‘We see the grounded earth in Interstellar, and in Dune, we see people far into the future who have gotten rid of Zooms, and iPhones and machines that think in the likeness of a man’s mind, but are similarly dealing with the effects of greed and the destruction of the environment, and trying to look for a way out.’
He continued, ‘There’s something about space, something Denis, Christopher and other filmmakers much smarter than me could point to, but the space opera and the environment of putting humans in conditions where they’re not surrounded by their humanity is really poignant and beautiful. I’ve never had a more immersive experience than being in Jordan.’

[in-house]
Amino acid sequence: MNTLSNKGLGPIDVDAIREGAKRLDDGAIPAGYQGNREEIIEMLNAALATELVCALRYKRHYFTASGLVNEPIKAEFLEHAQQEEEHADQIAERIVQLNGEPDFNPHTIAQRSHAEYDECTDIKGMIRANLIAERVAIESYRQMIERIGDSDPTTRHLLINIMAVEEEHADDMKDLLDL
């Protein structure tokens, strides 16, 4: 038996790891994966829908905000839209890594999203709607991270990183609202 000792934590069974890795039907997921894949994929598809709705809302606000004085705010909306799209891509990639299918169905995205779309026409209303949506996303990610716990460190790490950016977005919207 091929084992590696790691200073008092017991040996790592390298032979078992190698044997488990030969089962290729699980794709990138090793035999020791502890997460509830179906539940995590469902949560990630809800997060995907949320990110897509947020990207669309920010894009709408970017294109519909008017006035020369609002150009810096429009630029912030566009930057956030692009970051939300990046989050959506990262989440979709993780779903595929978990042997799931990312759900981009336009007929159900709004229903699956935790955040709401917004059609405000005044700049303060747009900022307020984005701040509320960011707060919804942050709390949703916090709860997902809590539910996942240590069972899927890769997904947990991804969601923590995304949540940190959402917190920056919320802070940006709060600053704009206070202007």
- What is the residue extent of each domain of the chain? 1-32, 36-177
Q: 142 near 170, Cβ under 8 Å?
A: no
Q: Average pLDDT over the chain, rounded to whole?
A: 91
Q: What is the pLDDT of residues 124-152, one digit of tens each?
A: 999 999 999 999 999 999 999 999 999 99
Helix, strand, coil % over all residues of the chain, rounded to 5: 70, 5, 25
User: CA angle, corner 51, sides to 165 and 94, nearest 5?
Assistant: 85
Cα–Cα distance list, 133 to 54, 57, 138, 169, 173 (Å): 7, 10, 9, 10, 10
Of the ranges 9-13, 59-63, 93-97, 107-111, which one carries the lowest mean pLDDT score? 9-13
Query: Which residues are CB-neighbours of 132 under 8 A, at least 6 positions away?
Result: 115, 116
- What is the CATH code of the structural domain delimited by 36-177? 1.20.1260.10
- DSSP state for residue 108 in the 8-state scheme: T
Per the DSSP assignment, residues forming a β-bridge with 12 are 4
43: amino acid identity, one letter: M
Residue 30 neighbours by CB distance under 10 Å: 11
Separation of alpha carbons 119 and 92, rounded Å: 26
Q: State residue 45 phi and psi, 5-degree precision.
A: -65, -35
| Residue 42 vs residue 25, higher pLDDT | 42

With such a transportive on-set ‘bubble’, Chalamet and Zendaya were able bury their heads in the sand, but they were in agreement over colossal anticipation – theirs, ours, everybody’s – creeping to the fore in recent weeks. ‘I’m more aware of it now than I was on set,’ he said.
If there’s any justice, it’ll be a massive hit and Villeneuve will be returning for Part Two – if not, we’ll just use the Bene Gesserit voice on Warner Bros. Then again, we mustn’t forget: Dune‘s success isn’t a problem to solve, but a reality to experience.
Dune hits cinemas on October 21.
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Topics: Featured, Dave Bautista, Denis Villeneuve, Dune, Features, Film and TV, jason momoa, Timothée Chalamet, Zendaya